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Serious pilgrims may choose to complete the 88 Temple Circuit (see [[#Do|Do]]) on foot.
Serious pilgrims may choose to complete the 88 Temple Circuit (see [[#Do|Do]]) on foot.
* '''Original Japanese Castles''', There are 12 original castles left in Japan and Shikoku is home to 4 of them. '''Marugame Castle''' in [[Kagawa Prefecture]], '''Kochi Castle''' in [[Kochi Prefecture]], '''Matsuyama Castle''' in [[Ehime Prefecture]], and '''Uwajima Castle''' in [[Ehime Prefecture]].
[[Image:DSC the favorite.jpg|thumb|240px|Braving the rapids, [[Oboke and Koboke]]]]
[[Image:DSC the favorite.jpg|thumb|240px|Braving the rapids, [[Oboke and Koboke]]]]

Revision as of 05:30, 17 February 2009

Japan shikoku map small.png

Shikoku (四国) is an oft-forgotten island in Japan. The smallest of Japan's Big Four, it lies to the south of Honshu. The island is thought of as a rural backwater, with few must-see attractions, but a visit there can wash away those doubts; particularly the mountainous inner regions offer some good hiking and a glimpse of the elusive Real Japan. It is also the home of the 88 Temple Pilgrimage of the Shingon sect of Buddhism.


Vine bridge across the Iya Valley

Shikoku literally means "four lands", and it indeed consists of four prefectures, conveniently arranged around the compass points. Each prefecture also has an old provincial name, still often found in place names and listed in parenthesis below.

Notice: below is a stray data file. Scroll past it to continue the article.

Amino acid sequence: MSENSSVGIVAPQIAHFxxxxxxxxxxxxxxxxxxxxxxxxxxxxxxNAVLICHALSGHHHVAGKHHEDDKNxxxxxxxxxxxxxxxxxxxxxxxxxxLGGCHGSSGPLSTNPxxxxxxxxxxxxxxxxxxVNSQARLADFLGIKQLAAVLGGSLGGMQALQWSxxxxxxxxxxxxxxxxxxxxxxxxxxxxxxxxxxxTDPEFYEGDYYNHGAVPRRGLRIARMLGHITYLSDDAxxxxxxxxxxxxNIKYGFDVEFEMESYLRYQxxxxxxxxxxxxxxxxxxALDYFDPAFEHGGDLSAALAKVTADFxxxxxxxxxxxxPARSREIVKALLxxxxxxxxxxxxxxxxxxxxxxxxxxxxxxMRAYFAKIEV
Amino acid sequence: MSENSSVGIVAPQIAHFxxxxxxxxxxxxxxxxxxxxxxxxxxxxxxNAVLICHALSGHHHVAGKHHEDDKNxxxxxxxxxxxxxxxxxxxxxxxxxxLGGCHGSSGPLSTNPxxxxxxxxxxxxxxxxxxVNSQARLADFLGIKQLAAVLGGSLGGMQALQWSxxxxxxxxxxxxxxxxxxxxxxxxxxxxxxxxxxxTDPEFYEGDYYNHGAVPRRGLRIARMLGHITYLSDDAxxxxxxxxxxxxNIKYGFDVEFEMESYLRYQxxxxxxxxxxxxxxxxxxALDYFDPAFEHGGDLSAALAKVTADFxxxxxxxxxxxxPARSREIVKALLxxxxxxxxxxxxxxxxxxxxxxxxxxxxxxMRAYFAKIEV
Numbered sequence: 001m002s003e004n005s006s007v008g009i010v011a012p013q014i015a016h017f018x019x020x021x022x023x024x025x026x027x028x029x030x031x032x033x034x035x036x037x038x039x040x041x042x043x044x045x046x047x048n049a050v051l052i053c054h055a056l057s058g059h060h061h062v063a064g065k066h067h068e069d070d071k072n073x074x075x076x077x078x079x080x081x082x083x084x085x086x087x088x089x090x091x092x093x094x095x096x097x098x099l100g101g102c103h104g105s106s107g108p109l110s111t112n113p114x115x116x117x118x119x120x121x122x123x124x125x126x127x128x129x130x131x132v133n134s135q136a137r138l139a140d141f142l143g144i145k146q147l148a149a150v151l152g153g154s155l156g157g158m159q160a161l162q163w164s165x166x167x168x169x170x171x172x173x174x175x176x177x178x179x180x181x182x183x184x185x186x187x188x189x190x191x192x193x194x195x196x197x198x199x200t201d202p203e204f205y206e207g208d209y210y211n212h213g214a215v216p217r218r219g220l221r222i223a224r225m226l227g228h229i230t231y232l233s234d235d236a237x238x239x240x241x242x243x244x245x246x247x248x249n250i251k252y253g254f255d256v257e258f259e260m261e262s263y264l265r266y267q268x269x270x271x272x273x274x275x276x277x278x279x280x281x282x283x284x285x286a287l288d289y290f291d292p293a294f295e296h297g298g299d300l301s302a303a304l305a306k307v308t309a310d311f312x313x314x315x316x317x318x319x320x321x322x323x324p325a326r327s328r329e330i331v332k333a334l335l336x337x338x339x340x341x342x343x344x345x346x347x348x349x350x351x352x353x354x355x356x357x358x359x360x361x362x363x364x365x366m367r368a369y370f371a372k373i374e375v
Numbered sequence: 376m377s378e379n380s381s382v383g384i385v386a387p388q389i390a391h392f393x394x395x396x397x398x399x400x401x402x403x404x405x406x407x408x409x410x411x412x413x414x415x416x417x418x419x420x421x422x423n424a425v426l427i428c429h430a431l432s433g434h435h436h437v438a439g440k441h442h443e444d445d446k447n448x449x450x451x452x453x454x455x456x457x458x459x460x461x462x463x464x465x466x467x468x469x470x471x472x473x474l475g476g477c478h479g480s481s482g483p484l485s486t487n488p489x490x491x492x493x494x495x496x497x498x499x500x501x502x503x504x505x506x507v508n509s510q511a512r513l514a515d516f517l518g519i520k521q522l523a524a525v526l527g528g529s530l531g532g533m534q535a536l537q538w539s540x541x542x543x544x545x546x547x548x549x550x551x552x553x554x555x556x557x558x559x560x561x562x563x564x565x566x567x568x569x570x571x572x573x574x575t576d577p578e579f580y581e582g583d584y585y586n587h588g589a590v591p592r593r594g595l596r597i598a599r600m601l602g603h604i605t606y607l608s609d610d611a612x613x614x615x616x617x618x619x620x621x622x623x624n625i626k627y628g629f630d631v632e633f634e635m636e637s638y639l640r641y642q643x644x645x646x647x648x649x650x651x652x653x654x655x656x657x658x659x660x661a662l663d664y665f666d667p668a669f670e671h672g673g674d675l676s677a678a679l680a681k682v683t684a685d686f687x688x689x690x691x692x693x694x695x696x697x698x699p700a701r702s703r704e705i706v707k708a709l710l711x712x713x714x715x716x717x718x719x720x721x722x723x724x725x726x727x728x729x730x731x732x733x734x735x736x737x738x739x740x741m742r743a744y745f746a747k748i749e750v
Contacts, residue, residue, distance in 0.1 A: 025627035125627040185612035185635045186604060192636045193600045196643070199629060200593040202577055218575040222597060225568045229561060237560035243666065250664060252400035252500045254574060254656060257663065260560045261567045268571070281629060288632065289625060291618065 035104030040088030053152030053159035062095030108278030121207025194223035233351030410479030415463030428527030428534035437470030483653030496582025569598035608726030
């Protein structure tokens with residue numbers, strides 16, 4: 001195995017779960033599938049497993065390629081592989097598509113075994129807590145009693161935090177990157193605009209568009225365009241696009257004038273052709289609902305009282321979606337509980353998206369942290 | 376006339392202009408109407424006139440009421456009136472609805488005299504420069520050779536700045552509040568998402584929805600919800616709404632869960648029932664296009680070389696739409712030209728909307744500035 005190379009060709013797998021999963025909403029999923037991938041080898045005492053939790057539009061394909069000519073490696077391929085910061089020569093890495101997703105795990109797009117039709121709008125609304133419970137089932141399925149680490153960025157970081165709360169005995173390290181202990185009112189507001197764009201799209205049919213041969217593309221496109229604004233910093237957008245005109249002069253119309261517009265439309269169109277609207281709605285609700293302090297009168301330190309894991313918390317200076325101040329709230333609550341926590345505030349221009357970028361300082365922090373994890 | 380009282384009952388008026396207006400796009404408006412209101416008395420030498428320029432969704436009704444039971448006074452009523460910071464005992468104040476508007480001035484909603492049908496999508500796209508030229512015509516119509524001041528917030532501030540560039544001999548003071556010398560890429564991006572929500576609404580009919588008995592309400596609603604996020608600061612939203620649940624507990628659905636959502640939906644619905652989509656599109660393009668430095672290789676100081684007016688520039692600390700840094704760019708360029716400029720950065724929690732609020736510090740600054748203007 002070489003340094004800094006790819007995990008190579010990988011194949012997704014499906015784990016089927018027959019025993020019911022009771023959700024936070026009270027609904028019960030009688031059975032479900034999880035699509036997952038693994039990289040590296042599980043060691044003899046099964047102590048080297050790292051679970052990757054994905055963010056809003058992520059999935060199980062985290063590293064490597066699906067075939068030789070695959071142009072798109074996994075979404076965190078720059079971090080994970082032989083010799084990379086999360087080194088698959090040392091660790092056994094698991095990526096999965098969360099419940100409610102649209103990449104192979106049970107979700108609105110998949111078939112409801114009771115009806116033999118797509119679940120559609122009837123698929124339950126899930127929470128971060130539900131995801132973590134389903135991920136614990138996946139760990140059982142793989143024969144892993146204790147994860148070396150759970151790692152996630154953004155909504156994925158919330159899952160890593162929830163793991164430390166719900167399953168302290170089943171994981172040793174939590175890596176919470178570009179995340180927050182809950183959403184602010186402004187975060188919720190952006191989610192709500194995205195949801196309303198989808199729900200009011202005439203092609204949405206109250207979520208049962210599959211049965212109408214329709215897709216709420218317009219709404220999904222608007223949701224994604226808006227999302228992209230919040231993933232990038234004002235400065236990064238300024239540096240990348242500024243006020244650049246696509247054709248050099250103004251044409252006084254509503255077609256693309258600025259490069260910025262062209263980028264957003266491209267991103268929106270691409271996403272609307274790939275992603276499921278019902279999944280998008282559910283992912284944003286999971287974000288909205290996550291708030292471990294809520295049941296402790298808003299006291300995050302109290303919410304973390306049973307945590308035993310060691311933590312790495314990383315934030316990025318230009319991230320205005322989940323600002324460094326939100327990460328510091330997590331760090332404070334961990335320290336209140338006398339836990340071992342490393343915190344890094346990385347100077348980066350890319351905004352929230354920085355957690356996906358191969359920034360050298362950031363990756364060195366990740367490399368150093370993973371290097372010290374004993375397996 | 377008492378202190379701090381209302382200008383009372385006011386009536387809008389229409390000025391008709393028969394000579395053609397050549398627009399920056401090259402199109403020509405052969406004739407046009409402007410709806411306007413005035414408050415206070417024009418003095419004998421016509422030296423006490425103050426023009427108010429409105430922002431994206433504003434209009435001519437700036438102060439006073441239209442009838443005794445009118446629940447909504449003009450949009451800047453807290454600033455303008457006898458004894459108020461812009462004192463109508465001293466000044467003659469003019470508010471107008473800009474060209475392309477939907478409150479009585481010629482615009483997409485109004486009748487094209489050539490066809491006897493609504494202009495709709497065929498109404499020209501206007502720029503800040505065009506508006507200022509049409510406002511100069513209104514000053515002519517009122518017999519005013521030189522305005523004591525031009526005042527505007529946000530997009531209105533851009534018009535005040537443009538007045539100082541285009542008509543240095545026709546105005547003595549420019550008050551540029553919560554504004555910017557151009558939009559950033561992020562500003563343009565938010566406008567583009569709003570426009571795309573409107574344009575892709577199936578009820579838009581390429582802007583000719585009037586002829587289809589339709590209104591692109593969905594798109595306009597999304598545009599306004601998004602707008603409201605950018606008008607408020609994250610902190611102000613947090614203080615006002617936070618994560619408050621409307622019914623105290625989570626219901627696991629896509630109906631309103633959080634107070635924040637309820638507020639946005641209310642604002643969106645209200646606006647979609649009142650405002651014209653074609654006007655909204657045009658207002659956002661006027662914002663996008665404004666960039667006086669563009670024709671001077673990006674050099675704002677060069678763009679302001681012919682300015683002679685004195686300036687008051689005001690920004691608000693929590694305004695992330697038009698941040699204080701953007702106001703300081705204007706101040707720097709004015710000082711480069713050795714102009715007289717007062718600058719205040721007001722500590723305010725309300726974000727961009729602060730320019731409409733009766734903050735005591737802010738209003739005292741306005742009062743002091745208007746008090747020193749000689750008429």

• Kochi — home of "Yosakoi" and many local sights
  • Matsuyama — best known for the venerable hot springs of Dogo Onsen, inspiration of princes and poets
  • Takamatsu — the largest city in Shikoku
  • Tokushima — home of the Awa Odori festival in August
  • Uwajima — (barely) on the tourist map due to an interesting fertility shrine and wrestling bulls
  • Naruto — the east gate of Shikoku.

Other destinations


Shikoku is a primarily agricultural island, renowned for its citrus fruits. Cutting through the centre of the island is the mighty Yoshino river whose clear waters and big turbulent rapids make for great rafting.


Shikoku is far enough off the beaten track that some Japanese ability, while not absolutely necessary, will come in handy. Some of Shikoku's dialects, notably Tosa-ben spoken in Kochi, are famously incomprehensible even to other Japanese.

Get in

By car

While there are highways linking Shikoku with Honshu, they should be avoided. Tolls are extremely expensive (about 5000 yen, or roughly $50 USD).

By plane

Prefectural capitals Takamatsu, Matsuyama, Kochi and Tokushima all have small regional airports. Matsuyama has flights to Seoul and Shanghai, while Takamatsu fields a few flights a week to Seoul. For any other international destinations, you will likely have to connect via Tokyo or Kansai.

By train